Monday, December 9, 2013

The Door

The door.
It has a way through and a way out.
I consider it as I stand about.
The way it is built strong,
I cannot relate with its structural stays
knowing within this door a body lays
on a bed of white sheets.
White, a reflection of my hands as I hold them tight
in anticipation of a long-suffering night.
For this body is hooked up to machines
and I often do not know if this body will sleep in peace.
The door.
It has a way through and a way out.
A frame of passageway I wonder about.
Knowing within this door a body lays
with a head and a heart and blood running through those veins.
Again I look down and see a tag
with the words "CHAPLAIN" written in black.
I've been named with so much to give
and what if my words are not what they need to live?
Oh, but I am reminded:
Words are not needed.
Only a hand to hold and a heart wide-open.
These are the gifts we are given.
So, I told those hands to open and my feet to move
and I knew I had nothing to loose
because we are given a great gift of connection!
One where we find love and affection.
Moving towards the door,
I looked harder than before
and found as I walked through
a face much like my own.
And this is where the healing takes place
when we look at each other and can see a face
and not just some colored space where
there might be an eye and a nose,
but a face in which communion in brokenness knows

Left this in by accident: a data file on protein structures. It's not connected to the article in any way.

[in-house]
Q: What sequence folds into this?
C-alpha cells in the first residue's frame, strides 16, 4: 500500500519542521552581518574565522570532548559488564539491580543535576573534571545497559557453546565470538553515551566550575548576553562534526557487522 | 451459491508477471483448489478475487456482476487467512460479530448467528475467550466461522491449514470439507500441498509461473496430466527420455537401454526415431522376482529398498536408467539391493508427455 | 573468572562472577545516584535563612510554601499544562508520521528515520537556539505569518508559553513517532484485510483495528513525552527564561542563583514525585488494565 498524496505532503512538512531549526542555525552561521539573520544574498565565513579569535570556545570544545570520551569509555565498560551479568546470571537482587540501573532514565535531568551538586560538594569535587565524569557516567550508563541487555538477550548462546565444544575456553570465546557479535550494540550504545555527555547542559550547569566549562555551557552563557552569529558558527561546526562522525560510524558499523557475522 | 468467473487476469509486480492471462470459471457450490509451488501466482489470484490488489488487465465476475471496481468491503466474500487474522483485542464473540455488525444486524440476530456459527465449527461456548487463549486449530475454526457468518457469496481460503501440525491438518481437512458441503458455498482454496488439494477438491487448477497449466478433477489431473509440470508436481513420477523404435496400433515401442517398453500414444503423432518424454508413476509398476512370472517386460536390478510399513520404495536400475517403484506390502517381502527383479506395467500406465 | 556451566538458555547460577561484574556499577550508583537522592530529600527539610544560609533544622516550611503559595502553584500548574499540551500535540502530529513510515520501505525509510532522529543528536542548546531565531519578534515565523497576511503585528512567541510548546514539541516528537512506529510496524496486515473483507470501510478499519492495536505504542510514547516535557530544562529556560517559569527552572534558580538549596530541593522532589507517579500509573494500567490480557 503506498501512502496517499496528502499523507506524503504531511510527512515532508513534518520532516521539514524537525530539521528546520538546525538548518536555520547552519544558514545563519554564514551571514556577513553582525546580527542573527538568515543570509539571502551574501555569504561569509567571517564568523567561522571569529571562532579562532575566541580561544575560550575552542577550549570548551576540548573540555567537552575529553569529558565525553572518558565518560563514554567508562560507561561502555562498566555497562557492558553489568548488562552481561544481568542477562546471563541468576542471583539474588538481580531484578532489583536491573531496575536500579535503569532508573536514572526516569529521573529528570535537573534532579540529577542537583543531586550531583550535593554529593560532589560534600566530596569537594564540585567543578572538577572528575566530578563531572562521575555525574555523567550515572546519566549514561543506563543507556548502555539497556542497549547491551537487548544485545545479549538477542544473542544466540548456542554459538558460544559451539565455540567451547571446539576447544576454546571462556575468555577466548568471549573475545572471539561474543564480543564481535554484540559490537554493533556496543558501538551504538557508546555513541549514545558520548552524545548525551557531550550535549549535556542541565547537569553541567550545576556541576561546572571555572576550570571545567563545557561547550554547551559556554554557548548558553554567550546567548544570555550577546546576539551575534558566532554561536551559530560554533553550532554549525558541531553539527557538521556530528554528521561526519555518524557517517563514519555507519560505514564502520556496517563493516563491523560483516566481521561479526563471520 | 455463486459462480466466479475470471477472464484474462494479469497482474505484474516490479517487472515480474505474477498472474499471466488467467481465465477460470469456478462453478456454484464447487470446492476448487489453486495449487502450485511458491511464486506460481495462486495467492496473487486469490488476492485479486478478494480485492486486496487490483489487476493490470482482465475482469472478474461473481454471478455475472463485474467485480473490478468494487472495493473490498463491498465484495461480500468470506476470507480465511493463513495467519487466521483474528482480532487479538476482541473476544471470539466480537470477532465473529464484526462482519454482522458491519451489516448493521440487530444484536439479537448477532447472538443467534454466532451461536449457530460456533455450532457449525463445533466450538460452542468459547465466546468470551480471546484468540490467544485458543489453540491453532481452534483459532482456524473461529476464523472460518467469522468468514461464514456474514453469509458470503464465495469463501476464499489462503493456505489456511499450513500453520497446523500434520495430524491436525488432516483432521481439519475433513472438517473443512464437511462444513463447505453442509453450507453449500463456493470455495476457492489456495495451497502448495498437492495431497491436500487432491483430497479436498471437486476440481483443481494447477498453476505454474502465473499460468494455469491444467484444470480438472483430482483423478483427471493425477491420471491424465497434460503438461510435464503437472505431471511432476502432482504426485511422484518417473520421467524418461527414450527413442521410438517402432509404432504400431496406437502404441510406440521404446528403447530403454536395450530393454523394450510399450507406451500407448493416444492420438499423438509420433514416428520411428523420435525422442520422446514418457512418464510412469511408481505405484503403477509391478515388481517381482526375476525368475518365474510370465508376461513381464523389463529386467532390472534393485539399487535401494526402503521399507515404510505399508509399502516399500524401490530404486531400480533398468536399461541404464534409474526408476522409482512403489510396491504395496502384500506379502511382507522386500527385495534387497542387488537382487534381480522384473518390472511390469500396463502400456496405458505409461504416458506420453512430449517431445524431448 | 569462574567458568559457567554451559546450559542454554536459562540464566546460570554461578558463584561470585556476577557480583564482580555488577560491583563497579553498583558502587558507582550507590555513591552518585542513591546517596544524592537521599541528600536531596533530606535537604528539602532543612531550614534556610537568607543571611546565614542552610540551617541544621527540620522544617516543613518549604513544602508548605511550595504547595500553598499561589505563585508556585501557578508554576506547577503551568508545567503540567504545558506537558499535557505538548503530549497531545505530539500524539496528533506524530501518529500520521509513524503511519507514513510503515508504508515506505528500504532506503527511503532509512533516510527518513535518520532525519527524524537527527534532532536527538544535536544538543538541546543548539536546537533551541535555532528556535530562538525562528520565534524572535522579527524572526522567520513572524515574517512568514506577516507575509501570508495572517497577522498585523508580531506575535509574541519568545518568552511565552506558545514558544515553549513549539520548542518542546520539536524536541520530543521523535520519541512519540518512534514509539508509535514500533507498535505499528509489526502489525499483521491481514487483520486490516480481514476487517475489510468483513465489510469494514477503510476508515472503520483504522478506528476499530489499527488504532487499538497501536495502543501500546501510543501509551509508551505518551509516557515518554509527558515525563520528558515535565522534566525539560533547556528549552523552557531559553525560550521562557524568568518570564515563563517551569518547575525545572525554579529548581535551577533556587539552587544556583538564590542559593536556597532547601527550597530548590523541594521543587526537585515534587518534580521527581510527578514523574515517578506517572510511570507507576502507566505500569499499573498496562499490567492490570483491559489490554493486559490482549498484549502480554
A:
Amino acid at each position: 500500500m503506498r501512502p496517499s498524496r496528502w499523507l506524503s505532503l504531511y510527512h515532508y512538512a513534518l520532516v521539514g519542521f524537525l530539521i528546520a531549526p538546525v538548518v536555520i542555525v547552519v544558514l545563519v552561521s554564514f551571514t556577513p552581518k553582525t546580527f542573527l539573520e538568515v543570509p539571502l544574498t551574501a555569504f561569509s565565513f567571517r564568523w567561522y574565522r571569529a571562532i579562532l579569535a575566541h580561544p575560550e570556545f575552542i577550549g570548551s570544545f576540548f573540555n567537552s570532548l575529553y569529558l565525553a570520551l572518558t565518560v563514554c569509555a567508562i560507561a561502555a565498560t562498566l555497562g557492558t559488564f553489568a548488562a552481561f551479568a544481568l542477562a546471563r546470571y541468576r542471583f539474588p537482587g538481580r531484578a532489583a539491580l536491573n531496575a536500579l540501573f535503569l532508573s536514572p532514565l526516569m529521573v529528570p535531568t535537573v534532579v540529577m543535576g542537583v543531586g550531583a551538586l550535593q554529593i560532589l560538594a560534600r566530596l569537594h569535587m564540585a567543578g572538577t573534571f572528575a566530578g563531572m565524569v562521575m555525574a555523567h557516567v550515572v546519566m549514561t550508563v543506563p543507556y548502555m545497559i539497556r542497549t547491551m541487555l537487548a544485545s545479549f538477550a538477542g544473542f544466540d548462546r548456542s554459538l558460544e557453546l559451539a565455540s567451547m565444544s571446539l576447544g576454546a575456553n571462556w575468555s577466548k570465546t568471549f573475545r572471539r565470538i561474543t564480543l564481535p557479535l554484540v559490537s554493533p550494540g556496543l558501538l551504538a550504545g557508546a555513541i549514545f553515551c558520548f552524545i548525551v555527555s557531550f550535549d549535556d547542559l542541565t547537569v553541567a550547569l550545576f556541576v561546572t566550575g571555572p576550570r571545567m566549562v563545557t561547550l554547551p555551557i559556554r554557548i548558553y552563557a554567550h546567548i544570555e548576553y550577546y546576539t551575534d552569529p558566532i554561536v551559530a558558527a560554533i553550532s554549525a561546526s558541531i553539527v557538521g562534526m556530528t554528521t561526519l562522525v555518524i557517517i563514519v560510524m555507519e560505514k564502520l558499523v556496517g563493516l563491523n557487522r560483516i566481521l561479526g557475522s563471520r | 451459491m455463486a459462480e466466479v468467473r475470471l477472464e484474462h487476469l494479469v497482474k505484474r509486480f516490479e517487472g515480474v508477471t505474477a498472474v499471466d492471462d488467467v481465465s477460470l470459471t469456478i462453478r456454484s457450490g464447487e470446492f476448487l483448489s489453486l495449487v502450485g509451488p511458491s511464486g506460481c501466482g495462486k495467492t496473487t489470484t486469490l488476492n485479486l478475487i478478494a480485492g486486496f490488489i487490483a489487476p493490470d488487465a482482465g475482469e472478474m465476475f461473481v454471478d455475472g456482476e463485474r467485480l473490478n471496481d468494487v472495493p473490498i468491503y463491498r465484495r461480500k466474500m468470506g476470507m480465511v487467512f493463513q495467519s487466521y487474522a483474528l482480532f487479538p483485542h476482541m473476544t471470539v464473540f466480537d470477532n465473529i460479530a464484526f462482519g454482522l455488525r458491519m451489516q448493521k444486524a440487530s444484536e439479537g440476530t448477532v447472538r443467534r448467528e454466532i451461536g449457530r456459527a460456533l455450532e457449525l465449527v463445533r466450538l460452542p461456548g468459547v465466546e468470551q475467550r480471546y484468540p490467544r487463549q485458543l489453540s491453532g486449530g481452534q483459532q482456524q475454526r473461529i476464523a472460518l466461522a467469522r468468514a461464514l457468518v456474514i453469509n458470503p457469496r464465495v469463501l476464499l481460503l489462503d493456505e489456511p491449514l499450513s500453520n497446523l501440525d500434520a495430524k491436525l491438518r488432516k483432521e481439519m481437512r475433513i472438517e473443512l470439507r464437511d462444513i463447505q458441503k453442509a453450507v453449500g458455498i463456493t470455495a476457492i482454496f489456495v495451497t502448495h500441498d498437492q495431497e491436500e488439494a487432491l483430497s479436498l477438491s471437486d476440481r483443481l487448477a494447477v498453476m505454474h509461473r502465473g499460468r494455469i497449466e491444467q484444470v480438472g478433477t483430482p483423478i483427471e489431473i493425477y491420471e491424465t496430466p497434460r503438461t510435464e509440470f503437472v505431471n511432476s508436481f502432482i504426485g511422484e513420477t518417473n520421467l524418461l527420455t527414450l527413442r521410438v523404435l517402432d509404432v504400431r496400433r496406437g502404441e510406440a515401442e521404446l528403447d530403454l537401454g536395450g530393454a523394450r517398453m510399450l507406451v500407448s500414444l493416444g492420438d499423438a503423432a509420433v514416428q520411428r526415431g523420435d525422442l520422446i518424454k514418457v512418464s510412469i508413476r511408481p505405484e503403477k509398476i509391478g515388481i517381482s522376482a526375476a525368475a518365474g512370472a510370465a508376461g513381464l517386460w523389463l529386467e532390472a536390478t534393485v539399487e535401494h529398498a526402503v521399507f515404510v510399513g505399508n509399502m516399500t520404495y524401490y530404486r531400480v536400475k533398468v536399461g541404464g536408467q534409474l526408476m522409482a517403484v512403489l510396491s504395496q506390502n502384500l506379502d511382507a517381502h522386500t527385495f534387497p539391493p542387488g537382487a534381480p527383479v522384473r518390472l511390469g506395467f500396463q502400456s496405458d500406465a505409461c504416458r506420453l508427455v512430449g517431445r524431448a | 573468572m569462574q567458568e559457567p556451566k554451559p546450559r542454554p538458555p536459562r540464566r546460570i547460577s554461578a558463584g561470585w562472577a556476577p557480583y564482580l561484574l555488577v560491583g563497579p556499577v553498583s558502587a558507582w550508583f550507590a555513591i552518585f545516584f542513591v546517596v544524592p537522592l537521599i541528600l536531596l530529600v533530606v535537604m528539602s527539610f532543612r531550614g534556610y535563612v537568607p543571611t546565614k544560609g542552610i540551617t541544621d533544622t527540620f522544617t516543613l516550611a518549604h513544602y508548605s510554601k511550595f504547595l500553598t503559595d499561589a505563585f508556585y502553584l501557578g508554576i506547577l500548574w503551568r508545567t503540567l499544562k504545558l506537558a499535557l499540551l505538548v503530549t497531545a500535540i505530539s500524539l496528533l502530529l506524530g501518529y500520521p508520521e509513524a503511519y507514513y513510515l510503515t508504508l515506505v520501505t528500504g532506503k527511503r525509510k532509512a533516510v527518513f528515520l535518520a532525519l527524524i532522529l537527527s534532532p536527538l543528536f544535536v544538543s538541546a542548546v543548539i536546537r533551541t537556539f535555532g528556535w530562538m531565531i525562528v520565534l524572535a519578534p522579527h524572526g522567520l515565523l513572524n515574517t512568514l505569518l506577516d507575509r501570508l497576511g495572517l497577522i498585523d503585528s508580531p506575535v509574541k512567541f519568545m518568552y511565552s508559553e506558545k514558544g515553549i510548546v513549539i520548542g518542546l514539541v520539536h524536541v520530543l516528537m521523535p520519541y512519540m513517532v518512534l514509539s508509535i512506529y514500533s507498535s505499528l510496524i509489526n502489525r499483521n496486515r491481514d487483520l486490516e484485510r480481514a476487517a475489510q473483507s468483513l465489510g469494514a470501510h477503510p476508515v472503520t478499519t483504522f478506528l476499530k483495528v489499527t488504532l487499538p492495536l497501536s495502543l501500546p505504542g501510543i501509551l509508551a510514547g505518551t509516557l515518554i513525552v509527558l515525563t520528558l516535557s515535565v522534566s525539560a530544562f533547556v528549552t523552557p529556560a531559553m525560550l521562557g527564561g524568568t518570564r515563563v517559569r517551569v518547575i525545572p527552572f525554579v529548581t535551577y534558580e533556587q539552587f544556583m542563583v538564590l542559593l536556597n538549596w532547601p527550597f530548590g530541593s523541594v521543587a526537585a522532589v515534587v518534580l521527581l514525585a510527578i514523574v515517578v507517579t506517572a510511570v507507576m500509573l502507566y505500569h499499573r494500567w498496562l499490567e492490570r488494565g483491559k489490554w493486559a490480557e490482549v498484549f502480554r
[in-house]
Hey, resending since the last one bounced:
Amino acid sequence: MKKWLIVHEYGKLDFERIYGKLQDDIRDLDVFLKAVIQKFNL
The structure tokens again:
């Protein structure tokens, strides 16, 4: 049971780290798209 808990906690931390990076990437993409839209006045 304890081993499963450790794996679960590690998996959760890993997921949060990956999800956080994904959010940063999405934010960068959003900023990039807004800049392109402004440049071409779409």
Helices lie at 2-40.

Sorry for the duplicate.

there is the gift of
the door.

In my work as an intern chaplain at the hospital, I find myself standing before many doors every day. Each door is a physical and metaphorical passageway into someone else's life. I am reminded often as I walk through these doorways what a gift I have been given as a broken human being to have the opportunity to connect with another's heart in a matter of moments. It's an extremely humbling experience. Now, full and deep connection doesn't always take place and I respect and can often relate to the patient's boundaries for when they do not feel comfortable sharing, but when connection does happen it is a beautiful awakening in which I realize the patient and I are not much different from one another. We are broken human beings in need of a Savior who will restore us. May we become aware of the great gift we are given in each other and feel the full weight of the importance of being with someone, valuing them.